dft - ECE 421 Sum 2010 Notes Set 11 Discrete Fourier...

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Unformatted text preview: ECE 421 - Sum 2010 Notes Set 11 : Discrete Fourier Transforms 1 INTRODUCTION The frequency domain characteristics of signals and systems are very important properties in signal processing, communications systems, circuit design, and other areas. In design and analysis, we frequently use analytical methods, such as the Laplace and Fourier trans- forms, to determine theoretical frequency domain properties. However, a new requirement arises when we choose to implement a system using digital signal processing operating on real-world sampled signals. These signals are produced by information processes and/or exist in noisy environments, and rarely have an analytical form or mathematical function form. We are therefore led to the following question: How do we determine the frequency-domain properties of a sampled signal, acquired from real-world processes, which does not have an explicit analytical form? For one example of the above situation, how would we determine the frequency response of a system whose impulse response was obtained by sampled measurements? As another example, how would we obtain the spectrum of a digitized audio or video information signal, which are inherently non-predictable? To answer these and other questions, digital signal processing has developed computa- tional methods for obtaining the frequency content of such signals. One method is called the Discrete Fourier Transform (DFT) and the computational algorithm which frequently implements the DFT is called the Fast Fourier Transform, or FFT. The DFT/FFT is a widely used method in many applications of Digital Signal Processing. In this set of Notes we will study the basics of the DFT. These basic properties and tech- niques we learn will be valid for any application of the DFT. In a future set of Notes we will learn about the Inverse DFT, which has turned out to be very important in many high-speed internet access systems. ECE 421 - Sum 2010 Notes Set 11 : Discrete Fourier Transforms 2 RELATION TO CONTINUOUS TRANSFORM One important use of the DFT is to numerically compute the spectrum of sampled signals. Recall that sampling a continuous time-domain waveform x t with a time-domain sam- pling interval T s produces the digital signal x [ m ℄= x mT s . Taking the DFT of x [ m ℄ then allows us to compute the spectrum of the discrete-time signal. The DFT used in this man- ner is sometimes called a DFT Spectrum Analyzer (or Digital Spectrum Analyzer) and the technique is called DFT Spectrum Analysis. In this introduction, we will assume infinite precison on the sampled time-domain signal. To develop this approach, let x t be a continuous analog signal defined over 0 t T and let X f be its continuous Fourier transform: X f = F f x t g = Z T t = x t e j 2 π f t dt 1 Let the time-domain sampling interval be T s , and the number of time domain samples be M , such that T = M T s 2 Now replace continuous dt , t , and f in (1) with their sampled approximations dt T s ; t mT s ; f k...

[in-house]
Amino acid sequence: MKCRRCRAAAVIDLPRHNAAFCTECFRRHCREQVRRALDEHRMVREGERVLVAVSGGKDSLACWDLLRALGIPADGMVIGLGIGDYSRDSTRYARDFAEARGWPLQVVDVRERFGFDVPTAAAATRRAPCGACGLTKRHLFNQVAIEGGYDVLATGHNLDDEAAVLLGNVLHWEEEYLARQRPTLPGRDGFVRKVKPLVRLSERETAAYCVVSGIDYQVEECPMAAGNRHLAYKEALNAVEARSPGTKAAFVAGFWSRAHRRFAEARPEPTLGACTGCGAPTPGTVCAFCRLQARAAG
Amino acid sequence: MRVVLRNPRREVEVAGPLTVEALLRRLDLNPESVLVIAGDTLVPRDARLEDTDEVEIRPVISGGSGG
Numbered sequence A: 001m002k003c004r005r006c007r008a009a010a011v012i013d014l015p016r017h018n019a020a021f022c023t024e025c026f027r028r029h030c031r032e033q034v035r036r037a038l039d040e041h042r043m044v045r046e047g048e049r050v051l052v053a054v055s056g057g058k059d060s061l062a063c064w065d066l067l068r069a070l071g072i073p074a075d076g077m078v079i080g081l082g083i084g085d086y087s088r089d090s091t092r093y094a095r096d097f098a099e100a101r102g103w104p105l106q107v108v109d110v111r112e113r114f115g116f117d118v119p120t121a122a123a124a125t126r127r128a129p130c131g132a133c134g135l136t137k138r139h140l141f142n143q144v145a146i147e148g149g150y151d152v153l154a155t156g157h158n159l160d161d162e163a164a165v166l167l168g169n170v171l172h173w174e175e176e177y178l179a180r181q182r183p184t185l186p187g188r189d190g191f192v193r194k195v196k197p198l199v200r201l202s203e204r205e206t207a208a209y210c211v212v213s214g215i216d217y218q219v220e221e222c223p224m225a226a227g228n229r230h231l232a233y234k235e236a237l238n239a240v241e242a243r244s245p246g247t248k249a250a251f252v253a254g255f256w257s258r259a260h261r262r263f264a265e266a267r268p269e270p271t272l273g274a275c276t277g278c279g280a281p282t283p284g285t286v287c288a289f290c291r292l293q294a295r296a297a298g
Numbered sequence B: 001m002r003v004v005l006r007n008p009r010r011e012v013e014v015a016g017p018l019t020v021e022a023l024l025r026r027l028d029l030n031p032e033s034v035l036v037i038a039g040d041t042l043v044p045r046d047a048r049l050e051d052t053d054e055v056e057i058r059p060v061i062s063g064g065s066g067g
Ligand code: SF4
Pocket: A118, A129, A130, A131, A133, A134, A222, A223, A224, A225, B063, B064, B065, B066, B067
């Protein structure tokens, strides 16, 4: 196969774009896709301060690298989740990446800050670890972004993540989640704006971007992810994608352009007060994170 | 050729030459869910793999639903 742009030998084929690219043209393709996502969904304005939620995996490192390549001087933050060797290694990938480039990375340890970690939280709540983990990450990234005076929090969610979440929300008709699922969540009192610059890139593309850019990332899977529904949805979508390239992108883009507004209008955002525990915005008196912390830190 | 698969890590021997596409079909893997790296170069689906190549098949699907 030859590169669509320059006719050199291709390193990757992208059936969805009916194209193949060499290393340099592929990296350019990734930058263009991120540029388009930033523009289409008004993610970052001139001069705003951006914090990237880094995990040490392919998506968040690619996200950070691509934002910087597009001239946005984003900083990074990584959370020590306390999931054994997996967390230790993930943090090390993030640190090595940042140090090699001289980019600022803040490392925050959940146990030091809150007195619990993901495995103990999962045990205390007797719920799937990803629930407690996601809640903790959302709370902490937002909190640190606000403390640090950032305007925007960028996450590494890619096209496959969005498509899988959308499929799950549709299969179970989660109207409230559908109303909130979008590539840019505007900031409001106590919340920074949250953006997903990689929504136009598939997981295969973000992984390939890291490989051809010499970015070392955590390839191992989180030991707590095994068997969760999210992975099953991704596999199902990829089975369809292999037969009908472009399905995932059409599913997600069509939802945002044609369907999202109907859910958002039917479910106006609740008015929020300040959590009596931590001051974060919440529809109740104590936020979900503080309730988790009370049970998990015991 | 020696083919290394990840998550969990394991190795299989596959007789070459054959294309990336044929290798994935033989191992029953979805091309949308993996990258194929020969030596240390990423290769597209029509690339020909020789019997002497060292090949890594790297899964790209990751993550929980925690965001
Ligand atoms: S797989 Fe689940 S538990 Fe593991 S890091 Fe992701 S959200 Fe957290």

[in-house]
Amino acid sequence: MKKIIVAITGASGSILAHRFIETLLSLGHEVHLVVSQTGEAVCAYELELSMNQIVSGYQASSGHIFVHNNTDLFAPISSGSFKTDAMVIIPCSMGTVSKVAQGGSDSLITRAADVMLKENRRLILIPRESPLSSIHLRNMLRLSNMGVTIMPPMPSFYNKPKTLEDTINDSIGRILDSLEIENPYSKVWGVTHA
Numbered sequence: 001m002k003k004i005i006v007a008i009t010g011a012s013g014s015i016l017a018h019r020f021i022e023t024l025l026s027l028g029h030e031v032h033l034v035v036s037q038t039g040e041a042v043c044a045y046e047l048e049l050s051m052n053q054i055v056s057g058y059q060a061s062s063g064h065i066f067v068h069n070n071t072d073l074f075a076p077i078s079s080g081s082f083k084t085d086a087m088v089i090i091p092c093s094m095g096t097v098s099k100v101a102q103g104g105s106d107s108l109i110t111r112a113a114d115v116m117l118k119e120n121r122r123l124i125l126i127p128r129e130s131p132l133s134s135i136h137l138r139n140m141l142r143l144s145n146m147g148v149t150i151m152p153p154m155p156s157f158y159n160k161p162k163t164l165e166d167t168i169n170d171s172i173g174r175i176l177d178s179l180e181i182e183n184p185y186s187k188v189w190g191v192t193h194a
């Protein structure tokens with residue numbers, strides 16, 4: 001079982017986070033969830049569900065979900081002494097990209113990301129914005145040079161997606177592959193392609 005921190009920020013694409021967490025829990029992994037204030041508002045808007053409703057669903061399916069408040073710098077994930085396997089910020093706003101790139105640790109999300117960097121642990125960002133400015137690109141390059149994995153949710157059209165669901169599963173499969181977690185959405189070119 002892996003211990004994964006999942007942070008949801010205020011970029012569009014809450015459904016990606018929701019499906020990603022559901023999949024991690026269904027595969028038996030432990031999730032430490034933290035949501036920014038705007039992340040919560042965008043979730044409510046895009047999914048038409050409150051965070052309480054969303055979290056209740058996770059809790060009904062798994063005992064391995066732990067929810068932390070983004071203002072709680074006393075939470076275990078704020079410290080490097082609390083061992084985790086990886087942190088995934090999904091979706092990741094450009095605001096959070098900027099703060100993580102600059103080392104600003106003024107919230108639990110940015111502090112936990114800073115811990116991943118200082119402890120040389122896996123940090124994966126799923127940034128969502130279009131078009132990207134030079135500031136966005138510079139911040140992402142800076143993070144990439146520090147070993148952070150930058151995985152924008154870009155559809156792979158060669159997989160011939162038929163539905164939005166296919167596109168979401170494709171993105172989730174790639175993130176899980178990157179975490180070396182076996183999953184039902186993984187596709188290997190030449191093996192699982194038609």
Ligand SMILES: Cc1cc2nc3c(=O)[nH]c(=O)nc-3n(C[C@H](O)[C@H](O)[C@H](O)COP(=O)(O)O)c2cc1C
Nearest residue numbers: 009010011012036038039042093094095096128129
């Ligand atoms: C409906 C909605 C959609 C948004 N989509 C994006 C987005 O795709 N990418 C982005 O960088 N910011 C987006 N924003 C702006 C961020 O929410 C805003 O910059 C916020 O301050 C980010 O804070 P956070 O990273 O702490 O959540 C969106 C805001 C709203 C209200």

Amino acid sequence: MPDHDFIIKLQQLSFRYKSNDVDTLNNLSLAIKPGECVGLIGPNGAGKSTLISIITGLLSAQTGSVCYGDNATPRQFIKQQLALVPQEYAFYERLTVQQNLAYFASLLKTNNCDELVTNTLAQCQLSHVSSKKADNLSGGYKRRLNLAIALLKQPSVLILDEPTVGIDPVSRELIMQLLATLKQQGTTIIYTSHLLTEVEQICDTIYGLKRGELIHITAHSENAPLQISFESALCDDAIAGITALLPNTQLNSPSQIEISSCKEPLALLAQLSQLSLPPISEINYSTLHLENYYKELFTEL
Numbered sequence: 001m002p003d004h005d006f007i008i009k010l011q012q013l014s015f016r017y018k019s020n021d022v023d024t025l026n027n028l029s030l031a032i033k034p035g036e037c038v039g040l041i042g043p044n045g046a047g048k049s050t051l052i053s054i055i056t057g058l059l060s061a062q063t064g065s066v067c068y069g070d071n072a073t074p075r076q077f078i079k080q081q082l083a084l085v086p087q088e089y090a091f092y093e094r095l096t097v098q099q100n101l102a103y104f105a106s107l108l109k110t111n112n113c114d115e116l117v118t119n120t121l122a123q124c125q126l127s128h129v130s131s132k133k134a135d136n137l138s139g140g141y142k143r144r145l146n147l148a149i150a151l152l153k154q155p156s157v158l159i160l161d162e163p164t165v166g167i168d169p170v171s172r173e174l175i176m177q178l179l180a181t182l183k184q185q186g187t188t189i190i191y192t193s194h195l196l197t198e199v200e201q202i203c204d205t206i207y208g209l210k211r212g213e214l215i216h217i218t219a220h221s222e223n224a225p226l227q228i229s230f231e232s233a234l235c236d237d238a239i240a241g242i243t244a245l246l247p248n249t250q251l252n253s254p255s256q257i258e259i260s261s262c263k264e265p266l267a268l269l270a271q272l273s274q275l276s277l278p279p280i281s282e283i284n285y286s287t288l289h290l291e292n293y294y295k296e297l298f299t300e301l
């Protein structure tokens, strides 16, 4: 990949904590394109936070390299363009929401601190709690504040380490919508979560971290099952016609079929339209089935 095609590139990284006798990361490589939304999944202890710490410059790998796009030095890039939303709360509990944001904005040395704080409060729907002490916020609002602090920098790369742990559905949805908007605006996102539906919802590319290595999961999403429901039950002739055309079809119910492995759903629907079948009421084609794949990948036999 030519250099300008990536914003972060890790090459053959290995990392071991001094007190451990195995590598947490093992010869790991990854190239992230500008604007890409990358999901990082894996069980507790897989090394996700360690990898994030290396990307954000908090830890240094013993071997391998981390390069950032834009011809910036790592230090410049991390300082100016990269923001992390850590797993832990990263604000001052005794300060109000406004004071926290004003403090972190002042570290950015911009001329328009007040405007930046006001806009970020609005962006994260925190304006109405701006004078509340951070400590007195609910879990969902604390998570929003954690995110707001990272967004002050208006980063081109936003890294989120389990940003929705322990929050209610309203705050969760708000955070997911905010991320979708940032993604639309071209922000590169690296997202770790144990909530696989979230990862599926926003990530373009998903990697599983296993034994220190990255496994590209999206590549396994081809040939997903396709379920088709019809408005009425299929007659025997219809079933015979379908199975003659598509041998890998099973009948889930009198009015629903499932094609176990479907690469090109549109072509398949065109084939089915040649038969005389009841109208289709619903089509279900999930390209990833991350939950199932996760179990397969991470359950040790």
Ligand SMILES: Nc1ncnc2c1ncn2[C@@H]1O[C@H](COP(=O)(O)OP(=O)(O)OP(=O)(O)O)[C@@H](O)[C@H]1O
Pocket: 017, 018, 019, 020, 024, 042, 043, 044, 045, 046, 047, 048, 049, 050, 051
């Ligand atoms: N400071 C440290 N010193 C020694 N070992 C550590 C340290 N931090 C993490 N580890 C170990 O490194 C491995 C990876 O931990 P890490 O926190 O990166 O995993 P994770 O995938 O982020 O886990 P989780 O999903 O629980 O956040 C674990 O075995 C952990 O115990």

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dft - ECE 421 Sum 2010 Notes Set 11 Discrete Fourier...

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